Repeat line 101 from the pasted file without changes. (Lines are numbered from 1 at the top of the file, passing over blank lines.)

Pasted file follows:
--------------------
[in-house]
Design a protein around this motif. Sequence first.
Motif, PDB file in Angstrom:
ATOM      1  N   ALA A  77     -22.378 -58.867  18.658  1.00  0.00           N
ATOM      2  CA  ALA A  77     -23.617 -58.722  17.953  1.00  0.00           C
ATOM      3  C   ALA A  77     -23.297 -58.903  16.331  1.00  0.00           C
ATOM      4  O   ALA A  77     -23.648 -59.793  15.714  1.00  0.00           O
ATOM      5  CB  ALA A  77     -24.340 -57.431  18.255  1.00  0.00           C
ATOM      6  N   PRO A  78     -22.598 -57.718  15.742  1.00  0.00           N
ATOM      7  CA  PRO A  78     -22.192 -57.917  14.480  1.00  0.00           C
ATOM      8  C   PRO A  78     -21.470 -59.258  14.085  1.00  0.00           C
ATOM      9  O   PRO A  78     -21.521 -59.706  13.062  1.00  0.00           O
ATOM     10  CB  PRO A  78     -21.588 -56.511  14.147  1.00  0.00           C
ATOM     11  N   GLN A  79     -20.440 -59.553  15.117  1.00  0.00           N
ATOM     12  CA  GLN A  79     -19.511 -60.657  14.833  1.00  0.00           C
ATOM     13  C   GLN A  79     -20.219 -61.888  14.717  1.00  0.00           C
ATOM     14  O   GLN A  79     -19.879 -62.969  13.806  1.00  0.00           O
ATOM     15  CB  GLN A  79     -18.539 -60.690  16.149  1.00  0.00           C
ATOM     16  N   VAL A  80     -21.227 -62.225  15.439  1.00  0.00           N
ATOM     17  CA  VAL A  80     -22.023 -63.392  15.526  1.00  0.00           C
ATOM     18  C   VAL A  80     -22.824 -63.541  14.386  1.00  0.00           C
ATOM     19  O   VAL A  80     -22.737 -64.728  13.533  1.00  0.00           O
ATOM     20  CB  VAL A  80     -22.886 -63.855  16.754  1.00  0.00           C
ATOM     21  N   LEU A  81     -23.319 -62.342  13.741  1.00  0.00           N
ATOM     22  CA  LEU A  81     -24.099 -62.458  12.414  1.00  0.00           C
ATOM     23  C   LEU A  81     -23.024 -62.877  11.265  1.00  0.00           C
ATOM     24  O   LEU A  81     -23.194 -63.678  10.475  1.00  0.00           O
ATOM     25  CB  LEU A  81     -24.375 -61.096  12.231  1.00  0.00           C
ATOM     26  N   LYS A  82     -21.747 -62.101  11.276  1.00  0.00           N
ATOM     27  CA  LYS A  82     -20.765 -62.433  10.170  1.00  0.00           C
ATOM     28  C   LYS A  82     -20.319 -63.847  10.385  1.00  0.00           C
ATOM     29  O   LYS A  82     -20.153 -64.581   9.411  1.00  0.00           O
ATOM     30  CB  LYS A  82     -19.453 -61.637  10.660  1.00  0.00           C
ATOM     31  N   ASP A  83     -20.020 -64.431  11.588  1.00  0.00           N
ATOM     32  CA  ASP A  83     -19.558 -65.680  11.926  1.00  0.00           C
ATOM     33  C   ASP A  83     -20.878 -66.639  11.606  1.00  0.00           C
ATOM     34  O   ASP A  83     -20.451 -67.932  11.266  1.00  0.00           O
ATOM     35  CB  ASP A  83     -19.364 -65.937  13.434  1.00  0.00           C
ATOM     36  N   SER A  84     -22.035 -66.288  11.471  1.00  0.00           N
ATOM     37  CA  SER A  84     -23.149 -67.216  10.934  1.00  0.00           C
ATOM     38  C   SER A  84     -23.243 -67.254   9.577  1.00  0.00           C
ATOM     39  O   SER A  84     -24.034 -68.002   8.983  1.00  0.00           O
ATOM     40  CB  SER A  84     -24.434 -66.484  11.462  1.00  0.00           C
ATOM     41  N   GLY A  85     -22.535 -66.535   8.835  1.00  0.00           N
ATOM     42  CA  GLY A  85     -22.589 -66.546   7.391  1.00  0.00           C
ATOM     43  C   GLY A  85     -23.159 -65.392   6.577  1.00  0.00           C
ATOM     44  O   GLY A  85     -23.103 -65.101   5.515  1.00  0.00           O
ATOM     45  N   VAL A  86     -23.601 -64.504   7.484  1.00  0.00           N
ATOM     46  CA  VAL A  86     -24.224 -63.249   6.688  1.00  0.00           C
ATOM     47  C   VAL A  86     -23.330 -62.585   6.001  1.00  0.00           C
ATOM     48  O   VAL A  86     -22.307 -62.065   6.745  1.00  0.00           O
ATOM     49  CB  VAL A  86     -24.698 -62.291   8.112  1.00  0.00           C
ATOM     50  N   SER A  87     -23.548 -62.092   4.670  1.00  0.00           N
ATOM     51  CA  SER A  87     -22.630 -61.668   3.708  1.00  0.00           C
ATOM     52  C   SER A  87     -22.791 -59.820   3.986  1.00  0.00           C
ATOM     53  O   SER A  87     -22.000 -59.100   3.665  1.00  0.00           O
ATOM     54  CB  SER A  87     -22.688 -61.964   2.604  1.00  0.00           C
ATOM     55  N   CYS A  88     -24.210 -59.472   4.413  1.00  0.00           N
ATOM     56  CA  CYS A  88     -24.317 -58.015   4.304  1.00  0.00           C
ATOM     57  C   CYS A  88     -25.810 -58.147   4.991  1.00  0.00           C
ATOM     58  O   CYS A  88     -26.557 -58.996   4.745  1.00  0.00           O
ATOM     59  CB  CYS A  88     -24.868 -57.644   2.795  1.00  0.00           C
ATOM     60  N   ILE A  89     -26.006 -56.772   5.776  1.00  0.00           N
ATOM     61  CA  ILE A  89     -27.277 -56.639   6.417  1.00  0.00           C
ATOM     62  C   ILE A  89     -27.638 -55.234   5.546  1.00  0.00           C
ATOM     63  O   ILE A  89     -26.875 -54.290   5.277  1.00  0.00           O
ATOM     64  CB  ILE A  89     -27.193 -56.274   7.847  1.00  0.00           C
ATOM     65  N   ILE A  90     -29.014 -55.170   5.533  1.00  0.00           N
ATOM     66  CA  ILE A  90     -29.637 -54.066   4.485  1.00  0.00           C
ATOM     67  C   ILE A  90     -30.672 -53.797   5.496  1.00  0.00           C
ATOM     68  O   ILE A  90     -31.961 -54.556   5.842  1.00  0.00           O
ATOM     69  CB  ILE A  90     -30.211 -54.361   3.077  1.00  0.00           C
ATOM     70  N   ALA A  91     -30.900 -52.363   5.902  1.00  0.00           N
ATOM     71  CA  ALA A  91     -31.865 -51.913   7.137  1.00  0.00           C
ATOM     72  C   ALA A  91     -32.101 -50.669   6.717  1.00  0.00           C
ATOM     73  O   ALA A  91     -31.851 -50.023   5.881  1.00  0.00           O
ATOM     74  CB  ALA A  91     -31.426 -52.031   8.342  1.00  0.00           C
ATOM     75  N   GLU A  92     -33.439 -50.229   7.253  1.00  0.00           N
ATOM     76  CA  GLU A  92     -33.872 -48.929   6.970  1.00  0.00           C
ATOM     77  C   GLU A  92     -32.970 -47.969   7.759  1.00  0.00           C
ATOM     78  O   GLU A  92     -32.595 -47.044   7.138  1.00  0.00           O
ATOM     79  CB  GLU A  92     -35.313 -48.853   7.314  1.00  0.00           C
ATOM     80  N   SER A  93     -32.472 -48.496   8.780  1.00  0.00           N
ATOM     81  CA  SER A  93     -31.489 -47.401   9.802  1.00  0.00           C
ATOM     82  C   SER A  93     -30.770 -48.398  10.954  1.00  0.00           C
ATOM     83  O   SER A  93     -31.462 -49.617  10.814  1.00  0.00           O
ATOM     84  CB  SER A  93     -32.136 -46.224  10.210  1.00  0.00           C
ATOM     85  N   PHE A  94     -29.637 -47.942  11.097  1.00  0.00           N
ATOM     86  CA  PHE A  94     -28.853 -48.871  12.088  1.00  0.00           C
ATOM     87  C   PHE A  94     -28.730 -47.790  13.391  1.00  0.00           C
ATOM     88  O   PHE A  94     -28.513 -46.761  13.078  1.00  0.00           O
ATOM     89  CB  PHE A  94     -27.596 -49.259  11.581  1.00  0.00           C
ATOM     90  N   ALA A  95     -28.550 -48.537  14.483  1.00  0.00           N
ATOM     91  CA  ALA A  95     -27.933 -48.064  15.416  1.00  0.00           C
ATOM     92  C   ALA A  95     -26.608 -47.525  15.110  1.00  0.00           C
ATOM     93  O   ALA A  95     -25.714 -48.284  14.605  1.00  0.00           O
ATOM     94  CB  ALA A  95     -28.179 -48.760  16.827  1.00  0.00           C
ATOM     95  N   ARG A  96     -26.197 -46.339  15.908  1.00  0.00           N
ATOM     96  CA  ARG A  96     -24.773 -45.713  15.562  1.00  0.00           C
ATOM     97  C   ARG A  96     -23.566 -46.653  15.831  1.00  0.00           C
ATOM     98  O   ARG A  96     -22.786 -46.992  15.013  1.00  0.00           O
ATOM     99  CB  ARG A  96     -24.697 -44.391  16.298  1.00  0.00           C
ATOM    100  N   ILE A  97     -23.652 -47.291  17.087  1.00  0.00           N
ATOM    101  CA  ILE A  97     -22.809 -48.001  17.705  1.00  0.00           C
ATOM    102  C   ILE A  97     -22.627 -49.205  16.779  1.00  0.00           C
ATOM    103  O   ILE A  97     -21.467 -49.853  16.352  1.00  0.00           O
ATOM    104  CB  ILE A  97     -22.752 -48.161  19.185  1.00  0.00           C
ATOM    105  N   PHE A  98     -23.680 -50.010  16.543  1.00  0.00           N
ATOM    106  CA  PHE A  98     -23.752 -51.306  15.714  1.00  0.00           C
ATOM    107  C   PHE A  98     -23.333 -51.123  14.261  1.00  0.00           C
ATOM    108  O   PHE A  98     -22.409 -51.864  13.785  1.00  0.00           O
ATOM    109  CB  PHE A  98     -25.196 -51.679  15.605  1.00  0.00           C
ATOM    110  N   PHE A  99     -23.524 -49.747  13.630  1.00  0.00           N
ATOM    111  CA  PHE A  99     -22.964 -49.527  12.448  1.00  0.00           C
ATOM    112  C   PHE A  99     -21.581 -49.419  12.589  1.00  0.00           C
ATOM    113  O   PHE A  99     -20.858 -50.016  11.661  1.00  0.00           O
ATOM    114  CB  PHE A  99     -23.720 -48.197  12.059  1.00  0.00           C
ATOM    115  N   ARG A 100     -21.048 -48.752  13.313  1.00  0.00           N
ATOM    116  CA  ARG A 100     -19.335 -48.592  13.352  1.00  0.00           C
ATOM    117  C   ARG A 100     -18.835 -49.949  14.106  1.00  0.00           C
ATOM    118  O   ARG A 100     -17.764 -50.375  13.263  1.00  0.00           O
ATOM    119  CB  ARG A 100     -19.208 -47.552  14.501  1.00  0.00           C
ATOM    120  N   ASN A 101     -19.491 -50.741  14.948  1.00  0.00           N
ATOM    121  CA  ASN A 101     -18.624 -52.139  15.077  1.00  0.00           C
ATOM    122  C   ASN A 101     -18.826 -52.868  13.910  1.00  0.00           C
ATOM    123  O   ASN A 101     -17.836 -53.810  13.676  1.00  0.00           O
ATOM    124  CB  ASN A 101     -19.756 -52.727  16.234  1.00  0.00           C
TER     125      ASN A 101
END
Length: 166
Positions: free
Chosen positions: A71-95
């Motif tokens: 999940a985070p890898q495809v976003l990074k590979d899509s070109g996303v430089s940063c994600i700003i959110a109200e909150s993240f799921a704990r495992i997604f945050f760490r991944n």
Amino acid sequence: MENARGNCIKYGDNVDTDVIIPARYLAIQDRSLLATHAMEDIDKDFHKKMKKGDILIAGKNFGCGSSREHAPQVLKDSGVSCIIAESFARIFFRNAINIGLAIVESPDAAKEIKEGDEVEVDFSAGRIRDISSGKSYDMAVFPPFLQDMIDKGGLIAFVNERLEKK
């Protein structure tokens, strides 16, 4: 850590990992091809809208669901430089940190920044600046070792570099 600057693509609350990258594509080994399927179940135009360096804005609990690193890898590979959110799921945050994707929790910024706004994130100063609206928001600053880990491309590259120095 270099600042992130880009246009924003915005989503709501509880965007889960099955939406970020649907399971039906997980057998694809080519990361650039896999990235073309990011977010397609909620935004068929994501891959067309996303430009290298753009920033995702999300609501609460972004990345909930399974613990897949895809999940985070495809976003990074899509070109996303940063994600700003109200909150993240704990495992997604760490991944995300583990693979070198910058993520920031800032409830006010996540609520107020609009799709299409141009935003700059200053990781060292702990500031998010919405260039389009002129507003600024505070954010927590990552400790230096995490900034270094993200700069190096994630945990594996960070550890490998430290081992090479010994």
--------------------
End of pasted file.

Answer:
ATOM     98  O   ARG A  96     -22.786 -46.992  15.013  1.00  0.00           O